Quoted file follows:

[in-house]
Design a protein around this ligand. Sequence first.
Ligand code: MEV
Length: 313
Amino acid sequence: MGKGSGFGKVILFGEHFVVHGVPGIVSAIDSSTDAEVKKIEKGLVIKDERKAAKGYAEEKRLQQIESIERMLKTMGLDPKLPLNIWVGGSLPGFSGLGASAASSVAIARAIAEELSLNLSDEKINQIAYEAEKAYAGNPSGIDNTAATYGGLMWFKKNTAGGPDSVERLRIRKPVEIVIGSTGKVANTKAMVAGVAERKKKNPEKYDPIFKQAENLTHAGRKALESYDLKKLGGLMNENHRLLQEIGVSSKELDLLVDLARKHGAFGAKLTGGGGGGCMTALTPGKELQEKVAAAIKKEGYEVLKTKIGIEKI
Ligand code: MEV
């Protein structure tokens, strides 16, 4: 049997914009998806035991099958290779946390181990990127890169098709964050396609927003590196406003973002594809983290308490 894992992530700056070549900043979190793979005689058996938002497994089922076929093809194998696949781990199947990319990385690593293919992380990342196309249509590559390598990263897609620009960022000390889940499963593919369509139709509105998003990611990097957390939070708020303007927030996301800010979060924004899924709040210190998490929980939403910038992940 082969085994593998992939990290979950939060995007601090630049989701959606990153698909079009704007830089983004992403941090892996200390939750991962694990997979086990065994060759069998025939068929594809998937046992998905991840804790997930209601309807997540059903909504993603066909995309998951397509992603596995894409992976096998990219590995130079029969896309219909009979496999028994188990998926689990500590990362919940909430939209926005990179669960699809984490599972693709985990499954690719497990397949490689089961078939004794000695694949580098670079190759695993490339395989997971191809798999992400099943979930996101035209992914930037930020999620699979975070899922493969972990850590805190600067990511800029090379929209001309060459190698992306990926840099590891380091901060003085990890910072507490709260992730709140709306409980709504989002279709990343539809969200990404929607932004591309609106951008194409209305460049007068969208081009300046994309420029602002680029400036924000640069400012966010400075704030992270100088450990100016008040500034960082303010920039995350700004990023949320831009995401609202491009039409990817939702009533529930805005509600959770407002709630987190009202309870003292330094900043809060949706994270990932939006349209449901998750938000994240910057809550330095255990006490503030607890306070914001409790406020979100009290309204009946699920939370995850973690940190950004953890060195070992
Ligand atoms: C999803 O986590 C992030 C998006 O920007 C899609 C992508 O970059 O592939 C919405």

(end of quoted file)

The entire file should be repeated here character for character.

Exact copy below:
[in-house]
Design a protein around this ligand. Sequence first.
Ligand code: MEV
Length: 313
Amino acid sequence: MGKGSGFGKVILFGEHFVVHGVPGIVSAIDSSTDAEVKKIEKGLVIKDERKAAKGYAEEKRLQQIESIERMLKTMGLDPKLPLNIWVGGSLPGFSGLGASAASSVAIARAIAEELSLNLSDEKINQIAYEAEKAYAGNPSGIDNTAATYGGLMWFKKNTAGGPDSVERLRIRKPVEIVIGSTGKVANTKAMVAGVAERKKKNPEKYDPIFKQAENLTHAGRKALESYDLKKLGGLMNENHRLLQEIGVSSKELDLLVDLARKHGAFGAKLTGGGGGGCMTALTPGKELQEKVAAAIKKEGYEVLKTKIGIEKI
Ligand code: MEV
């Protein structure tokens, strides 16, 4: 049997914009998806035991099958290779946390181990990127890169098709964050396609927003590196406003973002594809983290308490 894992992530700056070549900043979190793979005689058996938002497994089922076929093809194998696949781990199947990319990385690593293919992380990342196309249509590559390598990263897609620009960022000390889940499963593919369509139709509105998003990611990097957390939070708020303007927030996301800010979060924004899924709040210190998490929980939403910038992940 082969085994593998992939990290979950939060995007601090630049989701959606990153698909079009704007830089983004992403941090892996200390939750991962694990997979086990065994060759069998025939068929594809998937046992998905991840804790997930209601309807997540059903909504993603066909995309998951397509992603596995894409992976096998990219590995130079029969896309219909009979496999028994188990998926689990500590990362919940909430939209926005990179669960699809984490599972693709985990499954690719497990397949490689089961078939004794000695694949580098670079190759695993490339395989997971191809798999992400099943979930996101035209992914930037930020999620699979975070899922493969972990850590805190600067990511800029090379929209001309060459190698992306990926840099590891380091901060003085990890910072507490709260992730709140709306409980709504989002279709990343539809969200990404929607932004591309609106951008194409209305460049007068969208081009300046994309420029602002680029400036924000640069400012966010400075704030992270100088450990100016008040500034960082303010920039995350700004990023949320831009995401609202491009039409990817939702009533529930805005509600959770407002709630987190009202309870003292330094900043809060949706994270990932939006349209449901998750938000994240910057809550330095255990006490503030607890306070914001409790406020979100009290309204009946699920939370995850973690940190950004953890060195070992
Ligand atoms: C999803 O986590 C992030 C998006 O920007 C899609 C992508 O970059 O592939 C919405």